Bethany Gomez, Director of Research for the cannabis-focused market research firm, Brightfield Group, estimates that edibles sales will reach nearly $1.6 billion in 2017 and as markets mature, they will increase as a percentage of the total market, “reaching more than 25% of total sales in several states.” Offerings in the sector have moved far beyond the stereotypical “pot brownie” to infused beverages, candies, tinctures, and cooking ingredients.

Customer consumption patterns have not yet stabilized according to Gomez and “the brand landscape remains highly fragmented,” in edibles she said, leaving significant room for newcomers to succeed. “Infused products offer some of the greatest opportunities for entrepreneurship in the cannabis market,” she said, despite the growing number of products in this space.

An important public health benefit of legal cannabis is that it is tested for potency, pesticides and other chemical aspects. Accurate product testing offers an enormous opportunity for small businesses because dispensaries and patients want safe consistent products says Will Waldrop, CEO of Signal Bay, Inc., a medical cannabis consulting service. “As demand for cannabis grows, so will product manufacturers’ need for accredited lab testing services,” he said.

For those who prefer a marijuana-adjacent business (which avoids the rules and regulations that come with “touching the plant,”) Lauren Seigel, Marketing Manager of BloomBoss, a designer of high-efficiency LED grow room lighting and accessories advises cannabis entrepreneurs to target home cannabis growers. Building a home grow “requires an initial investment of anywhere from $800-2500 in equipment,” she said, and each new legislative session and state legalization brings in new customers. “The opportunity adds up fast,” she said.

About Michael King

Michael King is an experienced professional with a background in finance, private equity, real estate and consulting. He is currently a principal in one of the leading Cannabis consulting firms in the country — Duard Ventures.

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Female Executives in the Cannabis Industry - Michael King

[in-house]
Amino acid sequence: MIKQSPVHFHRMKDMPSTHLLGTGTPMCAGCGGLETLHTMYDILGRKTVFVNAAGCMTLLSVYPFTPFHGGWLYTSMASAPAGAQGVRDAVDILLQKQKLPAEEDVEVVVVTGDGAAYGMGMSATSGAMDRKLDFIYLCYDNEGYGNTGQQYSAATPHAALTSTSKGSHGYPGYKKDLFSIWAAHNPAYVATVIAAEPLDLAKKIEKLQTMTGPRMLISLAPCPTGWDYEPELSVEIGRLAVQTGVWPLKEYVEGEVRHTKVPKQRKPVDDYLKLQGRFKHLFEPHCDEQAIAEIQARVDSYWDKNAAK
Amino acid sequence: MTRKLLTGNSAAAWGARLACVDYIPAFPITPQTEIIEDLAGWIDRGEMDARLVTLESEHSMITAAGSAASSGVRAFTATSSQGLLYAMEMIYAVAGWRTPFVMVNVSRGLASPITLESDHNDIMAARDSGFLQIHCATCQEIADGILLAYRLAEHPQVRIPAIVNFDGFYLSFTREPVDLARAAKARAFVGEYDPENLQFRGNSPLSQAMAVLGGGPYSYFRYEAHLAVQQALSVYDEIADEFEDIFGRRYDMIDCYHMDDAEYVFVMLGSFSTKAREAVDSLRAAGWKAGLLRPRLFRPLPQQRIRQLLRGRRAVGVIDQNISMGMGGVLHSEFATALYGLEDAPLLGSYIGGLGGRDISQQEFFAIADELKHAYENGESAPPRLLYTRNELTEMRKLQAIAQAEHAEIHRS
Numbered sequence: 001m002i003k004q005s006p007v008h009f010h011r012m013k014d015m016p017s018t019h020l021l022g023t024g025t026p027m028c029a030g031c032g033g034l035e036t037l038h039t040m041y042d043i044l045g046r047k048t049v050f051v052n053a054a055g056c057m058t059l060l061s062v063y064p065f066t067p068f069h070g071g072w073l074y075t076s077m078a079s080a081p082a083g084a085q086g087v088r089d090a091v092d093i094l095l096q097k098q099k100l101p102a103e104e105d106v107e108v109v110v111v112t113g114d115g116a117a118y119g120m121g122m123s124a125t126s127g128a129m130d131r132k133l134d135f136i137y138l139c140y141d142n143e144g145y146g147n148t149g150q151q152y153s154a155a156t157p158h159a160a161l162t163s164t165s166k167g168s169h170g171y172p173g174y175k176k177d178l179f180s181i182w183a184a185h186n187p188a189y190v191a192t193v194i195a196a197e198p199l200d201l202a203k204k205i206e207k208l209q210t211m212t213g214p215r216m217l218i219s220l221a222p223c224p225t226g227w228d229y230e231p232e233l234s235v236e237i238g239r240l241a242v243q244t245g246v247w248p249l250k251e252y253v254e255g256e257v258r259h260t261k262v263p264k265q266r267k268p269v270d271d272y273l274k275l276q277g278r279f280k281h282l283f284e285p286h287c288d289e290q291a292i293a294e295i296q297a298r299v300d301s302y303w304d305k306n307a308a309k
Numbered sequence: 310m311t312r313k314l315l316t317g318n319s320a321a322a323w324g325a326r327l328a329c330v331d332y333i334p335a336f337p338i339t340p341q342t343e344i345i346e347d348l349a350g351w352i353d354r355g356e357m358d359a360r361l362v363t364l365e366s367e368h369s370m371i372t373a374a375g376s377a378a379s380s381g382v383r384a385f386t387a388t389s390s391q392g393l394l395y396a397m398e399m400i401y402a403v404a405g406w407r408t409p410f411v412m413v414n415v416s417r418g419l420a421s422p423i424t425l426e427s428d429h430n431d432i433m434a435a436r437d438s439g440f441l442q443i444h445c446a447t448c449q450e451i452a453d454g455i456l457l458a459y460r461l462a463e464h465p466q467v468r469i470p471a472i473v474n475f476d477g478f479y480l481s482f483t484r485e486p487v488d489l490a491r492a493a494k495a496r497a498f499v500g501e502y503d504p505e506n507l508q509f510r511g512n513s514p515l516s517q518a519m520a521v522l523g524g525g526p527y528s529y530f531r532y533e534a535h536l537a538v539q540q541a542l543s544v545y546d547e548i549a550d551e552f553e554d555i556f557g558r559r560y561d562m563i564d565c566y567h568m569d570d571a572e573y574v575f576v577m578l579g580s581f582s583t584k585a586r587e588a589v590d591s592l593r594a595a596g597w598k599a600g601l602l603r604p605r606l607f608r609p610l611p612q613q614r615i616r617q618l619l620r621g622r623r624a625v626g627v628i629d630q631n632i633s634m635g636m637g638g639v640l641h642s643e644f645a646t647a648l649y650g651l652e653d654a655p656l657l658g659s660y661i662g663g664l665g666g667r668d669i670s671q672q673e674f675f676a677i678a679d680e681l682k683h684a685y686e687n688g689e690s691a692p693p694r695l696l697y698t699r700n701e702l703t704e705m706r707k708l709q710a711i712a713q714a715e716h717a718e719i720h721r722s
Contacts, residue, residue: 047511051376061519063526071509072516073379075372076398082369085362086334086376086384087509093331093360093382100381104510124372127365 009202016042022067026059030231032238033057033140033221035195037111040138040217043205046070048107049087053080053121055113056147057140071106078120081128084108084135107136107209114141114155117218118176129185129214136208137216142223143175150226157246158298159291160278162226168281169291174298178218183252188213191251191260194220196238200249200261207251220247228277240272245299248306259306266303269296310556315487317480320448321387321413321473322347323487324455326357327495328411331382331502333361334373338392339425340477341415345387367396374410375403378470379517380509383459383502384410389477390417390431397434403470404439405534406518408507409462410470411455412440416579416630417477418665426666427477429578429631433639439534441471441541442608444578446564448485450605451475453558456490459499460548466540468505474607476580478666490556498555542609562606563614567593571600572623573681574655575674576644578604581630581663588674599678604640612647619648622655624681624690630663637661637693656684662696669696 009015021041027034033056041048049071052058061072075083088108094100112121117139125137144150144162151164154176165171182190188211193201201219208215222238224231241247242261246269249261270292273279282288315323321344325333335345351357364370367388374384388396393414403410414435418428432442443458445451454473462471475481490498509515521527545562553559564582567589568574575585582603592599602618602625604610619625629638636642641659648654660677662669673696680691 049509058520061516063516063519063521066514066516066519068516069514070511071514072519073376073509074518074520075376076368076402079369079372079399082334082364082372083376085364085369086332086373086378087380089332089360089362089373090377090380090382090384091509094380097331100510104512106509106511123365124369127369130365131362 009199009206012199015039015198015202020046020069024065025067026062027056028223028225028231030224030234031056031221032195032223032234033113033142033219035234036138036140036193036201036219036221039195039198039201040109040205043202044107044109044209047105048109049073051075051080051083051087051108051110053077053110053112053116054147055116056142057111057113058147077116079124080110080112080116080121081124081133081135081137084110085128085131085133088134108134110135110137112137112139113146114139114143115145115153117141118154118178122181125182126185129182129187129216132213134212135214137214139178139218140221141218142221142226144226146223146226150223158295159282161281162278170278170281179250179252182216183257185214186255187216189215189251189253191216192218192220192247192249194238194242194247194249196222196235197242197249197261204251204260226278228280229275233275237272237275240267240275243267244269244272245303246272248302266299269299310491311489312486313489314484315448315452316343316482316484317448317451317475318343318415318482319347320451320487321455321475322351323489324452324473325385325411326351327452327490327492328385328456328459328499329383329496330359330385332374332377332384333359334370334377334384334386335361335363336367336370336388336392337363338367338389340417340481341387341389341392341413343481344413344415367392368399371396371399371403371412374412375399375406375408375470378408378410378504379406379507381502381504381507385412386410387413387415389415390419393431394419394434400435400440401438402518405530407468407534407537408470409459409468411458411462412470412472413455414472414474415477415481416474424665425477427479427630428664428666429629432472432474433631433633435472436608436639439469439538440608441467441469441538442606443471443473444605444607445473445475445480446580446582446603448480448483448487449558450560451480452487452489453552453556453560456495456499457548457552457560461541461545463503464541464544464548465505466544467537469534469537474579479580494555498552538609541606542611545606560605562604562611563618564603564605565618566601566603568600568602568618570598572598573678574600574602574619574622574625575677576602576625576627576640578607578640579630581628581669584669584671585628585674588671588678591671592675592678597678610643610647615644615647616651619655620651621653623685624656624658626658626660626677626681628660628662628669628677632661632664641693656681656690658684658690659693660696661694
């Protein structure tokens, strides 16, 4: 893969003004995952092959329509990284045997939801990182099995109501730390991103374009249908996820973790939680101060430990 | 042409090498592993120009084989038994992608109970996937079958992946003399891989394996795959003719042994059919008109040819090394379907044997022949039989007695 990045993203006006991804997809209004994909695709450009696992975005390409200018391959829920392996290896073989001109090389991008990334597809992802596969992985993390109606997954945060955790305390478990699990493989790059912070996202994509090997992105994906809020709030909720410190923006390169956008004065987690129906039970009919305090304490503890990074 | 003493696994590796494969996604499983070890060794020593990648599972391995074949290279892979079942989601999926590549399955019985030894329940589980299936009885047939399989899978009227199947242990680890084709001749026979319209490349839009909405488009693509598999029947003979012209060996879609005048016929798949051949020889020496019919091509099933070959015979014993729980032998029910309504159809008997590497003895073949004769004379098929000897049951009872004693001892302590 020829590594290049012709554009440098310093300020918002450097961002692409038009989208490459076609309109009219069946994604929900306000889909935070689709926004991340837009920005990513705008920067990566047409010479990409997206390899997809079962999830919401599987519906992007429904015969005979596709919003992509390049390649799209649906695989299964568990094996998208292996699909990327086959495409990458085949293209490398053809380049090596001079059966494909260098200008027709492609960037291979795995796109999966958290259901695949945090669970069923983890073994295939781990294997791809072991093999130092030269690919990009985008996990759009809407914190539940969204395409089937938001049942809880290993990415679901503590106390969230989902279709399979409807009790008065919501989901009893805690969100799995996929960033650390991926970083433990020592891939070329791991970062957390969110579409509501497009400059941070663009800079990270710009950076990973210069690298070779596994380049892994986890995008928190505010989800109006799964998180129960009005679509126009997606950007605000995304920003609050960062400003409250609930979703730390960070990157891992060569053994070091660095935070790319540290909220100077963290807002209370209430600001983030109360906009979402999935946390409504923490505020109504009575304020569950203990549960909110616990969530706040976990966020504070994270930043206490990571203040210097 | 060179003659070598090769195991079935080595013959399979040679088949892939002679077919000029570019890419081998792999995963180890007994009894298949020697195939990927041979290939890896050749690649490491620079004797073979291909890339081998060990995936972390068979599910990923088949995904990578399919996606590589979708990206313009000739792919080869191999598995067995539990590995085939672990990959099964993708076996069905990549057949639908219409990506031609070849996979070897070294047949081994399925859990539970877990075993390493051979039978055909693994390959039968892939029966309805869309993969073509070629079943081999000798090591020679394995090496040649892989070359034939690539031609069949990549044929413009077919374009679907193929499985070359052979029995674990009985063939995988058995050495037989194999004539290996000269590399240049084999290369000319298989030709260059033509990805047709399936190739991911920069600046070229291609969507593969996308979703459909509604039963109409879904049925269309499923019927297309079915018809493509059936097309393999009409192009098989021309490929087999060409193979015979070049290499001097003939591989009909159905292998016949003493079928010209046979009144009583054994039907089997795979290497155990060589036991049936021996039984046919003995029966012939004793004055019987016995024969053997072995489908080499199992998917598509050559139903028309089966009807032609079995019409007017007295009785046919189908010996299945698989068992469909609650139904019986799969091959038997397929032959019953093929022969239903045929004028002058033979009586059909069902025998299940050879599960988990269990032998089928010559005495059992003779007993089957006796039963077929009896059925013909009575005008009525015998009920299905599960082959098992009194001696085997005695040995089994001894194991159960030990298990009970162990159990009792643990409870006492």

The Cannabis Industry is a Magnet for Female Executives

Article Originally Published by High Times

Move over, lads, women want a piece of the green action—and they’re taking it.

According to a survey of 632 cannabis executives and professionals, female executives are in leadership positions in 63 percent of potency and safety testing labs and in nearly half of companies that make and sell edibles and other products. And this is just a start.

How does this compare with the gender ratio in other industries? Let us count the ways:

In tech startups, only nine percent are led by women; women fill 22 percent of senior management positions in mid-size U.S. companies; and only 5.4 percent of CEO jobs at Fortune 1000 companies, according to a 2015 Pew Research report.

So, why are female executives shattering the glass ceiling in the cannabis industry?

For starters, women’s ability to multitask and their tendency to be flexible come in handy in an industry where the rules and regulations are constantly changing, from state-to-state and from one election cycle to another.

Long before states began legalizing medical and recreational weed, studies suggested that men were more likely than women to consume cannabis. A study published by Columbia University confirmed that this is still true.

However, that and other studies have also shown women’s willingness to openly discuss marijuana has had a major impact on legalization.

Once marijuana’s medicinal powers for children began to gain international attention, women stepped up to the plate and demanded MMJ when they saw a need.

Kyndra Miller, a founding member of NORML’s Women’s Alliance, compared pot legalization to the 1920s when women banded together to end alcohol prohibition.

Neither alcohol, nor weed legalization, could be done without the full support of women, who make up slightly more than 50 percent of the voting population.

And now, with a new industry still in the making, women are taking the opportunity to break old traditions and work out the gender roles before their male counterparts pick up bad habits.

So far, women fill 36 percent of executive positions in U.S. cannabis companies that grow, test, sell and market pot products in this booming business, which is among the fastest growing in the country.

“It’s a new chance for many women who have been in the corporate world who couldn’t get to the next level,” said Becca Foster, an independent consultant with Healthy Headie.

“It’s not often that entire industries are born,” said Crystal Huish, an accountant and business consultant in the weed industry. “It’s an opportunity to break old traditions.”

And an opportunity for women to create more equitable rules.

Taylor West, deputy director of the National Cannabis Industry Association, notes that the industry is still new enough to not yet be influenced by insider, male-dominated networks.